Ala Wai Harbor Residents Plant Trees as Hawaii Summers Get Hotter

Hawaii's Response to Climate Change Warnings Slow - Oahu had it's first ever climate change meeting less than a year ago

Okay, I admit it . . . I’m a weather-report junkie.  I guess that comes with the territory; I’m an avid water sports person and weather reports are important, especially when you live in the middle of the Pacific Ocean. 

Having said that, my observations of summertime temperatures seem to differ from reports I’m seeing on the Web, suggesting that summer temperatures in Hawaii continue to hover "around 87 degrees F . . . and rarely reach 90 degrees."  I suspect that many of these reports are sculpted to help with visitor numbers.   

So, by way of correction, via my everyday personal observations of official NOAA weather forecasts: according to NOAA, summertime temperatures in Honolulu (July through mid-October) now regularly hover over 90 degrees F, and that’s every single day.

Hawaii has been my home since my teens.  About twenty years ago summertime temperatures in Honolulu hovered around 88 degrees F, every single day.   I remember thinking to myself, “. . . always 88 . . . not 87, not 89 . . . but 88 degrees, right on the nose, every single day . . . how is that possible?”

Fast-forward to the 21st century.  As I’m writing this, the temperature is 92 degrees F.  That’s 92.  Not 91, and don’t even think 88.  Hawaii's summertime is getting hotter, whether we choose to subscribe to science's climate change warnings, or not.   

The Ala Wai Small Boat harbor, in Honolulu, is even hotter, thanks to huge, relatively new high-rise buildings that have been allowed, like the Prince Waikiki, whose reflective windows bounce afternoon heat back onto the harbor, raising temperatures and increasing the discomfort level there.  While Rome burns, our politicians continue to fiddle to the tunes dictated by big-money interests, allowing the building of dozens of private mega-structures that block the cooling trade winds and reflect back summer heat.  One does wonder if knee-pads have become an official equipment issue at Honolulu Hale, the Capitol building, and the DLNR.

According to ICAP (the Center for Island Climate Adaptation and Policy, based at the University of Hawaii),  “[The] data show[s] a rapid rise in air temperature in the past 30 years.”  I’m left to wonder if that might account for the 92 degrees that I’m sweltering in right now.


Hawaii residents at the Ala Wai Small Boat Harbor plant shade trees

It’s certainly no secret that our leadership responds slowly –- if at all --  to serious environmental crises in our State.  As a result,  residents have, for years, adapted by stepping in and volunteering their time, money, expertise and labor to help the community cope with environmental quality of life issues.  Examples of volunteer grassroots projects abound -– something that all of us can be proud of -- but, with the warm summer weather upon us, we are reminded of one particular effort by residents at the Ala Wai Small Boat Harbor, in Honolulu.   The residents there embarked on a project to plant trees that today provide cool respite for hundreds of beachgoers, visitors, and residents, every single day.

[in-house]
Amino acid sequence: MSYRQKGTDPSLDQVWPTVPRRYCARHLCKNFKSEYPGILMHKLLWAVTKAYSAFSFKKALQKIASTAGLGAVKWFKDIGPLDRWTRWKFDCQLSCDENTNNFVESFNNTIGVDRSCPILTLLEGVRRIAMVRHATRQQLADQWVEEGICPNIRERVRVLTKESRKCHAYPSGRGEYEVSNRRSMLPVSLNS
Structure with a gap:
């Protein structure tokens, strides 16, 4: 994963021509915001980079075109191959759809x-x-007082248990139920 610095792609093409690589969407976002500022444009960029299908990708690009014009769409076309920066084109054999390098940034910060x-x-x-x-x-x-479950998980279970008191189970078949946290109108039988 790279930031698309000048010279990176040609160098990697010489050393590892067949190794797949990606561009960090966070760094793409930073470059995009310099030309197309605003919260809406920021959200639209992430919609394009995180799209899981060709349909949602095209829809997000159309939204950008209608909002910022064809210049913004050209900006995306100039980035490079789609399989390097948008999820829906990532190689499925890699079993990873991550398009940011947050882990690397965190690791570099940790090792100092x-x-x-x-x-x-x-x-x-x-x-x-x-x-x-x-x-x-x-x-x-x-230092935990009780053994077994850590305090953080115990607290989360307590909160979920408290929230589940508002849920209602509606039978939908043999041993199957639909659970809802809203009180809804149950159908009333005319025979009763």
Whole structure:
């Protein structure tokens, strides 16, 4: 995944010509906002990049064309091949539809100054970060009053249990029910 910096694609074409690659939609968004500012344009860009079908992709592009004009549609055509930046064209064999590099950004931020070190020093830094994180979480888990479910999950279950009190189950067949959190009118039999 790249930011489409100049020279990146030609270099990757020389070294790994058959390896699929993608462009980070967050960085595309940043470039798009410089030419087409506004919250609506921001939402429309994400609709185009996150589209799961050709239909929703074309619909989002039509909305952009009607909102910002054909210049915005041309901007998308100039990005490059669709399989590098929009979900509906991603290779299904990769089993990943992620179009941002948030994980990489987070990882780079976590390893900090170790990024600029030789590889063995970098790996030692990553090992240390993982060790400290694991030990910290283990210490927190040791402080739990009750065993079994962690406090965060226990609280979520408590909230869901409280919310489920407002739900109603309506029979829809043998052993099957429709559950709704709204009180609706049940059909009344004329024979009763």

Spearheading the effort, Sam Monet and his partner, Kate, longtime Ala Wai residents, began, years ago, planting trees that had been ripped out by the Harbors Division, all up and down the harbor peninsula that borders the ocean.  We've never heard of nor read any plausible explanation for the Harbors Division action.

According to Mr. Monet: “I seeded milo trees and then planted the seedlings along the shoreline, using a black plastic drip line for irrigation.  Kate and I started the silk trees from seed, then planted one on the end [of the peninsula], one at the 700-pier bathroom and one more in the small grass area at the shower [by Ala Moana Bowls beach].  My granddad always said, cut one plant two.”

In addition to the seedlings, Mr. Monet and his partner, Kate, planted coconut palms (see pictures in the header) and assorted other trees that, today, beautify the landscape, provide shade from the hot summer sun, and hold the soil in place against erosion.

Kudos to the residents at the Ala Wai for your selfless contributions to the community, and an especially big mahalo -- thank you! -- to Sam and Kate for their amazing foresight and follow-through.


Our Keikis are depending on us to act, now, in responsible and effective ways to prepare for the effects of climate change in the Hawaiian Islands.  While it is true that Hawaii was one of the first states to recognize the need for preparing for the future of climate change, implementation of an action plan has, so far, been slow going.   Oahu's first meeting on the subject, for example, took place less than a year ago -- a little get-to-know-you affair, flowers on the table, pupus all around, cup of coffee if you wanted it. 

This slow start is a bit worrisome because the pattern of activity among rule makers, as of late, seems to have been more focused on finding ways to hand over public lands and assets to private interests, than doing anything to preserve Hawaii for future generations.  Air temperatures are on the rise and there are clear signs that our harbor retaining walls can no longer handle larger than normal tides, like they used to, yet, it might be difficult for the current crop of politicians to shift gears.  This may be a good time to cull the takers from office, vote them out, and choose people for Hawaii leadership positions who have a demonstrated track record of genuine compassion for our entire community and not just the wealthy who fund campaigns.


Notify of

Inline Feedbacks
View all comments